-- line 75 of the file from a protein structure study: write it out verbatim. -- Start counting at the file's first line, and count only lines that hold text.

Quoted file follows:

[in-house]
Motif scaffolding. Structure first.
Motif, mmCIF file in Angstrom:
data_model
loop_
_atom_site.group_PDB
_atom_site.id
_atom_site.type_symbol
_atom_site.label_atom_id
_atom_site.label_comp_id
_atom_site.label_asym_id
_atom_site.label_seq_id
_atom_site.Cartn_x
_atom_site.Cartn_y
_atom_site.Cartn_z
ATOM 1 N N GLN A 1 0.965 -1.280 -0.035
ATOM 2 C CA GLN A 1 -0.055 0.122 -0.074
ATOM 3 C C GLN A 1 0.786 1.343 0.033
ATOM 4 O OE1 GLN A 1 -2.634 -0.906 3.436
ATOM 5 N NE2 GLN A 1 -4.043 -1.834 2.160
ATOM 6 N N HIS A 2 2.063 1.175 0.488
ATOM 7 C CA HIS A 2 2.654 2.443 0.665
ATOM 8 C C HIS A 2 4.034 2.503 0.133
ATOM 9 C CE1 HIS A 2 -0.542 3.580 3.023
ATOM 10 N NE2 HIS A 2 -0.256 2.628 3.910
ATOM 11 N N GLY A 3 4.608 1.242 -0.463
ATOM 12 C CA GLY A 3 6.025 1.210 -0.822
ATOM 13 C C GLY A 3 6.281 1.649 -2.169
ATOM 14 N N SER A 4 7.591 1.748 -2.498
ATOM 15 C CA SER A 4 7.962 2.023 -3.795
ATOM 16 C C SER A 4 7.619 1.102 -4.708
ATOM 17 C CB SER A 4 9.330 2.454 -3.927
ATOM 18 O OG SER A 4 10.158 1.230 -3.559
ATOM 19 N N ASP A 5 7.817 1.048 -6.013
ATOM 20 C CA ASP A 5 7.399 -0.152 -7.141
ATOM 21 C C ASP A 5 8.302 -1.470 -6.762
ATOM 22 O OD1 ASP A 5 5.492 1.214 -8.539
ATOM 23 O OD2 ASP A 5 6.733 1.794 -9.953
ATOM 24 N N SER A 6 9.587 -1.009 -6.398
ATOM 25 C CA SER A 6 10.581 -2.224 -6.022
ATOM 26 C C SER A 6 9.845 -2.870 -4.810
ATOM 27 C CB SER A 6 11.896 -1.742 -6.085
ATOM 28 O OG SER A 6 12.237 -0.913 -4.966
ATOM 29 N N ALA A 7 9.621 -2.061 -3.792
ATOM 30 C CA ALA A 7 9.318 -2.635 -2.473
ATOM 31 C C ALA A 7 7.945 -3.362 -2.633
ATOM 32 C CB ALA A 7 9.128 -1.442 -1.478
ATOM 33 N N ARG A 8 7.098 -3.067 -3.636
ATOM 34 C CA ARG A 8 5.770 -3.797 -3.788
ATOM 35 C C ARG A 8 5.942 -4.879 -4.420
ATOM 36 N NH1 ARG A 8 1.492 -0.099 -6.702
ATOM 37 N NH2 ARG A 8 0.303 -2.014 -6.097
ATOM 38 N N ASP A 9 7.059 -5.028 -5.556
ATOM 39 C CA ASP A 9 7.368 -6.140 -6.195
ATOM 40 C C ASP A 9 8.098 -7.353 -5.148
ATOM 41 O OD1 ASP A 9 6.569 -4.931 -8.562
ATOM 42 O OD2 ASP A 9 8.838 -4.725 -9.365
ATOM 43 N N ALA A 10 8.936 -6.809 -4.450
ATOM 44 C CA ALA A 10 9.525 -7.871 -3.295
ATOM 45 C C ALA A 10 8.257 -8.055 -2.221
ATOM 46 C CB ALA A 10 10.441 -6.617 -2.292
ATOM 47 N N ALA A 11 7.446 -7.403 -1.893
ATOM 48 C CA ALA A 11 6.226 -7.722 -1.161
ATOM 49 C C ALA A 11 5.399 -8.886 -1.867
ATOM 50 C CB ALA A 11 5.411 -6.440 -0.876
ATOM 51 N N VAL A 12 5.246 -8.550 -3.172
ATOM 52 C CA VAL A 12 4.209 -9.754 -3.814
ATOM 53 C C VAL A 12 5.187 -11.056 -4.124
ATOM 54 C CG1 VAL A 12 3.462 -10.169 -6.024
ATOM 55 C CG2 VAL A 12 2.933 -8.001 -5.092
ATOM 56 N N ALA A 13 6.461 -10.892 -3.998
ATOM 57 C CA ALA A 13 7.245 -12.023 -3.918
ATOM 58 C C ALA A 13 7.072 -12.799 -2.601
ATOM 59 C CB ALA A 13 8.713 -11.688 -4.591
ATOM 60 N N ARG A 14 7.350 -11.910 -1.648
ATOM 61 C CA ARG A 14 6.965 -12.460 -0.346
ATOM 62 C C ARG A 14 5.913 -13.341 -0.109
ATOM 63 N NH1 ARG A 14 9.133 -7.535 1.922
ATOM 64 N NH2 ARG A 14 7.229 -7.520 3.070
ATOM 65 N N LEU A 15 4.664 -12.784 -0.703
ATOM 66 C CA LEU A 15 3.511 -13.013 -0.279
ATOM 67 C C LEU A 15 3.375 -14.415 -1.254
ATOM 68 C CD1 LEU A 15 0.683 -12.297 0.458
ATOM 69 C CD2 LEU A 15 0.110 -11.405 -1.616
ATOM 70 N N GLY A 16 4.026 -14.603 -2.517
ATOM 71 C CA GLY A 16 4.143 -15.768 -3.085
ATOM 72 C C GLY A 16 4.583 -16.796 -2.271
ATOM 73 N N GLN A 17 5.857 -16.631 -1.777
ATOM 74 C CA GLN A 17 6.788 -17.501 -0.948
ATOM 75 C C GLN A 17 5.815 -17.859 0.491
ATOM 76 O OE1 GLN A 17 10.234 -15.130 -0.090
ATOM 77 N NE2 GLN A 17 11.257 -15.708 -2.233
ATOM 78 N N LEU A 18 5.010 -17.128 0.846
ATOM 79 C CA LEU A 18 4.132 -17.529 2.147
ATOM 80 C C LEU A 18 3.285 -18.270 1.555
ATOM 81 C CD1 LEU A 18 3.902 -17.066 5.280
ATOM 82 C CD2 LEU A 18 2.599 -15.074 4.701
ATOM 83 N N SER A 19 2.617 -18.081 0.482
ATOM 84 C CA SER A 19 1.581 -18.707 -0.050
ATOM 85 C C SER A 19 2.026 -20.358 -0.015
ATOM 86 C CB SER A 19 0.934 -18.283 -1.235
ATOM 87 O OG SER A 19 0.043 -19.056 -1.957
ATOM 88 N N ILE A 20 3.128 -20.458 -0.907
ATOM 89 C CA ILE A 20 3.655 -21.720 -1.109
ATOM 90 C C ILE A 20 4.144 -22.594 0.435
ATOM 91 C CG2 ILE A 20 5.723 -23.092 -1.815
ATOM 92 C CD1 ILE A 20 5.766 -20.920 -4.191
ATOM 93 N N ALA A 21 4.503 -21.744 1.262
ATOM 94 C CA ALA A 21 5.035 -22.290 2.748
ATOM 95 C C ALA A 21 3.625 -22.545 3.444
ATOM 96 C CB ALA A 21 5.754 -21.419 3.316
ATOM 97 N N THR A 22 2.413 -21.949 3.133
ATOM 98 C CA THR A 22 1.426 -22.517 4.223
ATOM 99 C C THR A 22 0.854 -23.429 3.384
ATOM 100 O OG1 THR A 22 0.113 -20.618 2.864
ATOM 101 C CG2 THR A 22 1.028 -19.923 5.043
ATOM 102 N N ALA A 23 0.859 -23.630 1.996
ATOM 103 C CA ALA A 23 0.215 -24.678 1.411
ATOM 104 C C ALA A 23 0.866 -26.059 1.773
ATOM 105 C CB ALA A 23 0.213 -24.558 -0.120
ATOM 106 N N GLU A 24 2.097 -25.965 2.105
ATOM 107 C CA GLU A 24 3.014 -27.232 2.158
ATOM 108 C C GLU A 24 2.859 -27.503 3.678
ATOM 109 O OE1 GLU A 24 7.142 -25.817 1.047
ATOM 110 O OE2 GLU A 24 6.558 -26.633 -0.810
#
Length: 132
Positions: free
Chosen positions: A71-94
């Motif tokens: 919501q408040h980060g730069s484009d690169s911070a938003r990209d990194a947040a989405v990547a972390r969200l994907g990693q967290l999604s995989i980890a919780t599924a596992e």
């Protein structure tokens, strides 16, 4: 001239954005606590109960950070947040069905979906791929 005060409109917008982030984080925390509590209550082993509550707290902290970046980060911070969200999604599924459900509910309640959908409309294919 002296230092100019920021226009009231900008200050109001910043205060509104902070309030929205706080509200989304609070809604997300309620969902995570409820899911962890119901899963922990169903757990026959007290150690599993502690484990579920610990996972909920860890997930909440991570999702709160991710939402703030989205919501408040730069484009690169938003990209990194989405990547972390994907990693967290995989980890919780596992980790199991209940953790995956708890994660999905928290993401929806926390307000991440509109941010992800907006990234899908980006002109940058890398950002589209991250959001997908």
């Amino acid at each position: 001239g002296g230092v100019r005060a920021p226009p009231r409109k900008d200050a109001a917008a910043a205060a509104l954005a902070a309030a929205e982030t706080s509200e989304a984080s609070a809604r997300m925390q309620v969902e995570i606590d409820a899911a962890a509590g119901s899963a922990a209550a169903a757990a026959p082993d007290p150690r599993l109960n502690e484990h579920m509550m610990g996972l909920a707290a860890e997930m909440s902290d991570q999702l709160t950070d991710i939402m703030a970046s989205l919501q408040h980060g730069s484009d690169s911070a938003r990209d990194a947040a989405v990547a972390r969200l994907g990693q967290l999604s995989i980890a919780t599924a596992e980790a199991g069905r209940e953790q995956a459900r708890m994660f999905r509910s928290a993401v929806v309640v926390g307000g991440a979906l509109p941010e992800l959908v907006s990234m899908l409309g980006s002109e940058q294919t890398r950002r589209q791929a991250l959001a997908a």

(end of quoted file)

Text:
ATOM 60 N N ARG A 14 7.350 -11.910 -1.648